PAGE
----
Since raw sockets can be used to configure and interact with various network subsystems, extra caution should be used where privileged access to jails is given out to untrusted parties.

With that said, if you need to enable this, run iocell set allow_raw_sockets=1 my-web-server and you can ping all you want.


Installing software

A jail is pretty useless without any software. Fortunately the pkg utility is included to make downloading and installing software a snap. Iocell provides a wrapper for pkg in the form of the pkg subcommand. Run iocell pkg my-web-server upgrade to initialize and update the package database inside our jail. Then, to actually install software, pass the pkg subcommand install and the package name. We'd like to use our jail as a webserver, so we'll need to install nginx and php70. Run iocell pkg my-web-server install nginx php70. Pkg will resolve the requested packages and their dependencies, and ask you to confirm:


~ » sudo iocell pkg my-web-server install nginx php70 Updating FreeBSD repository catalogue... FreeBSD repository is up to date. All repositories are up to date. The following 4 package(s) will be affected (of 0 checked): New packages to be INSTALLED: nginx: 1.10.2_3,2 php70: 7.0.16 pcre: 8.39_1 libxml2: 2.9.4 Number of packages to be installed: 4 The process will require 28 MiB more space. 4 MiB to be downloaded. Proceed with this action? [y/N]:
Installing nginx and php

Once installed, we need to configure nginx and php-fpm. Enter the jail and edit the nginx configuration file at /usr/local/etc/nginx/nginx.conf to look like ours:


load_module /usr/local/libexec/nginx/ngx_mail_module.so; load_module /usr/local/libexec/nginx/ngx_stream_module.so; worker_processes 1; events { worker_connections 1024; } http { include mime.types; default_type application/octet-stream; sendfile on; keepalive_timeout 65; server { listen 80; server_name my-web-server; root /usr/local/www; index index.php; location / { try_files $uri $uri/ /index.php?$query_string; } location ~ \.php$ { fastcgi_split_path_info ^(.+\.php)(/.+)$; fastcgi_pass unix:/var/run/php-fpm.sock; fastcgi_index index.php; fastcgi_param SCRIPT_FILENAME $document_root$fastcgi_script_name; include fastcgi_params; } } }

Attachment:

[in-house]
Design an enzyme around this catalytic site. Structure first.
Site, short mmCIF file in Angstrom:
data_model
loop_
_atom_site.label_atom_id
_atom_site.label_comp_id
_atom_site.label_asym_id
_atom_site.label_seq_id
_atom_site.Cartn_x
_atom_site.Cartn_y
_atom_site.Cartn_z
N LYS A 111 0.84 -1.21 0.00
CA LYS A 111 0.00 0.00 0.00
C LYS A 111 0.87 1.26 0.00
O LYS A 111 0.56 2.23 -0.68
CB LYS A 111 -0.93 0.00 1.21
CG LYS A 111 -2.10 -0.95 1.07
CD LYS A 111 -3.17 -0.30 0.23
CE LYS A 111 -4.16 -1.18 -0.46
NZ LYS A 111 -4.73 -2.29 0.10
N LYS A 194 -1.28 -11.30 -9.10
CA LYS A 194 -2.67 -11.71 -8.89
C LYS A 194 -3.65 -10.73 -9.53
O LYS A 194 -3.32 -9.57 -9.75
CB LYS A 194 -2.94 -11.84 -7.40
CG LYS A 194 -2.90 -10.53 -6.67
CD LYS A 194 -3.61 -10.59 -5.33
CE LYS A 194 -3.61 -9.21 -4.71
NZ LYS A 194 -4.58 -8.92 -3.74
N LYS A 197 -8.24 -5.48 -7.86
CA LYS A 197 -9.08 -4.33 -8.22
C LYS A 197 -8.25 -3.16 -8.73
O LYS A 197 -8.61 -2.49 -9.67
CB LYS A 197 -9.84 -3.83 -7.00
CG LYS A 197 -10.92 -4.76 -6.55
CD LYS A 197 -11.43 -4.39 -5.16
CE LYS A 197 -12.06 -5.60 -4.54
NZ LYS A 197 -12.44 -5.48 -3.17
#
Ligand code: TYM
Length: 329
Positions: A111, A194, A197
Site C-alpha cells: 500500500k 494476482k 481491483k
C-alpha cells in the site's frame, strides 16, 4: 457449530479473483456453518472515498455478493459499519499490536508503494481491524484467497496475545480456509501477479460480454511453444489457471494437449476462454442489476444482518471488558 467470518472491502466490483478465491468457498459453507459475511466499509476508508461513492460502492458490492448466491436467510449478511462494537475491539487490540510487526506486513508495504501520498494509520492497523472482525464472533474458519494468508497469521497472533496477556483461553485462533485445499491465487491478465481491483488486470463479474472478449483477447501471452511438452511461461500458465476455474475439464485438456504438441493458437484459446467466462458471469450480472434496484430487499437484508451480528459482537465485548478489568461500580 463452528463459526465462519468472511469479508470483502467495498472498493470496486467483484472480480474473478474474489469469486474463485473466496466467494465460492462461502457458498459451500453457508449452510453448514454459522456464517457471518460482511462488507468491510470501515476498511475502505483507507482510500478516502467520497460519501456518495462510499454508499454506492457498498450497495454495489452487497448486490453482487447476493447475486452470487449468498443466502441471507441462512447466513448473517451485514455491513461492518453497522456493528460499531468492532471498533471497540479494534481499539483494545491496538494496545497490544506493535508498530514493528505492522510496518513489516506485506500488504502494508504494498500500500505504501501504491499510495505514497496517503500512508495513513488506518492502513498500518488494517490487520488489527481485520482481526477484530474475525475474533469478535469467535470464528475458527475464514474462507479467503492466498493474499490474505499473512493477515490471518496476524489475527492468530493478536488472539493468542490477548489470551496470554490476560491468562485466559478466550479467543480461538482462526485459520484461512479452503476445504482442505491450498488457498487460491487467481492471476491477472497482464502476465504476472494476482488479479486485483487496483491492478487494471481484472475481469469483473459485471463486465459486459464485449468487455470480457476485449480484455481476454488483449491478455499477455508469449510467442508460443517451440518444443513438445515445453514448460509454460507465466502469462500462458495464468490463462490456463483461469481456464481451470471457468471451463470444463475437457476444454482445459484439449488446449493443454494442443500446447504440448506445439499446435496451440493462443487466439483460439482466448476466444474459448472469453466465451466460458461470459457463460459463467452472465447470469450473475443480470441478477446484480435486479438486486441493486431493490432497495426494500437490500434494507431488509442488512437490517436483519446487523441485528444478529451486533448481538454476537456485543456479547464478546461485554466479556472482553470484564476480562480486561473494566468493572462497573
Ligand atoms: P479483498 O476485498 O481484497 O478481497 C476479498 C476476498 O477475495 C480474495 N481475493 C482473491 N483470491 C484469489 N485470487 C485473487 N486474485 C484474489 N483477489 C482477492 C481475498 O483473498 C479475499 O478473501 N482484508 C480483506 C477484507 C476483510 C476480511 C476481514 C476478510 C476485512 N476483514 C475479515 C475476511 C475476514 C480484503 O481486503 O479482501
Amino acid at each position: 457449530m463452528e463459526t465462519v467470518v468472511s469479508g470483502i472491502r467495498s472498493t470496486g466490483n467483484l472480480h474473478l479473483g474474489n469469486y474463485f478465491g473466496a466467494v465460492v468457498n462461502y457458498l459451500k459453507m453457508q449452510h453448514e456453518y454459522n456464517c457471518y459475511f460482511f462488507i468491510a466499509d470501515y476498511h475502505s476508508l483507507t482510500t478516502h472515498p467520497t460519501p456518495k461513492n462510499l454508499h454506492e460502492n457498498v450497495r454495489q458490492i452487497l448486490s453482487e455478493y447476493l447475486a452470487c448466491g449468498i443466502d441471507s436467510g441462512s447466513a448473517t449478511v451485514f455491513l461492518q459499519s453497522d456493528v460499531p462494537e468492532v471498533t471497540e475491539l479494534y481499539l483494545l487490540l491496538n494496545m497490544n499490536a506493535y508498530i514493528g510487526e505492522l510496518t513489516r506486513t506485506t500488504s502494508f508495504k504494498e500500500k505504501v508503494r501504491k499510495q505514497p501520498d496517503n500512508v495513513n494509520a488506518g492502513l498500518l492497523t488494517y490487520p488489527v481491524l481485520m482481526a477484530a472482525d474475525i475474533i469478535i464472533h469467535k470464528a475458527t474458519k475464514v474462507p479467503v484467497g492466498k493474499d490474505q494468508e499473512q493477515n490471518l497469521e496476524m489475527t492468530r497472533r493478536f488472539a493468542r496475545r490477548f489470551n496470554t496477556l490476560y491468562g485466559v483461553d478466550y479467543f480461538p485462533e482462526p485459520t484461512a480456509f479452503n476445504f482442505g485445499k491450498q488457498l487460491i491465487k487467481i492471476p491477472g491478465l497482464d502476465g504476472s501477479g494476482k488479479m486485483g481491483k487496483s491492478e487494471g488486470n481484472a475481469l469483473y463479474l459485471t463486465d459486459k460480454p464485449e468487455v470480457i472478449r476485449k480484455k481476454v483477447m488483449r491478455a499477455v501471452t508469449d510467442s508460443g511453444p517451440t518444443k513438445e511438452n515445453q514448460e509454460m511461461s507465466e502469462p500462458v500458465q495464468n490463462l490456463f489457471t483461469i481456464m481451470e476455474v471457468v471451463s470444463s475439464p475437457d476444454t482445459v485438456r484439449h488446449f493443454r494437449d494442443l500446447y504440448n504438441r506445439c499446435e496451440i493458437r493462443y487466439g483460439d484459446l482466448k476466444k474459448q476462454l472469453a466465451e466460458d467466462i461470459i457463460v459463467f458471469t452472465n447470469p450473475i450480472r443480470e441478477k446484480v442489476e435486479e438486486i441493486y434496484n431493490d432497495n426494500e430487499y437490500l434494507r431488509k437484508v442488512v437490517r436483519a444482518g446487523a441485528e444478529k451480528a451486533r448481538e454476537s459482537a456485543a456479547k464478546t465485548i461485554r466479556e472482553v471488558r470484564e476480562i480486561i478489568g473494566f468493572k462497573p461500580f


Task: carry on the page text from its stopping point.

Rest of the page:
Slightly modified nginx config to listen for php-fpm

We're almost out of the woods here. We just need to modify php-fpm to work with our new nginx configuration. Edit /usr/local/etc/php-fpm.d/www.conf to match our minimal version:


; pool www [www] ; Unix user/group of processes user = www group = www ; The local socket php-fpm listens on listen = /var/run/php-fpm.sock ; permissions listen.owner = www listen.group = www listen.mode = 0660 ; process-manager mode config pm = dynamic pm.max_children = 5 pm.start_servers = 2 pm.min_spare_servers = 1 pm.max_spare_servers = 3
Slightly modified php-fpm config to match nginx

Almost there! Create the file /usr/local/www/index.php and add these lines:


<?php phpinfo();
Our mock index.php

With these changes in place, we have to enable php-fpm and nginx in /etc/rc.conf. Run sysrc nginx_enable="YES" and sysrc php_fpm_enable="YES". Finally, run service php-fpm start and then service nginx start. Open your web browser to the jail's IP. You should see the stock PHP information page.



It's working!

That's all there is to it. You now have a FreeBSD webserver contained within a jail. We've only scratched the surface of what is possible, however. resource limits, nullfs mounts, jail backups/replication, nesting and more can be done. Be sure to check out the iocell documentation for ideas.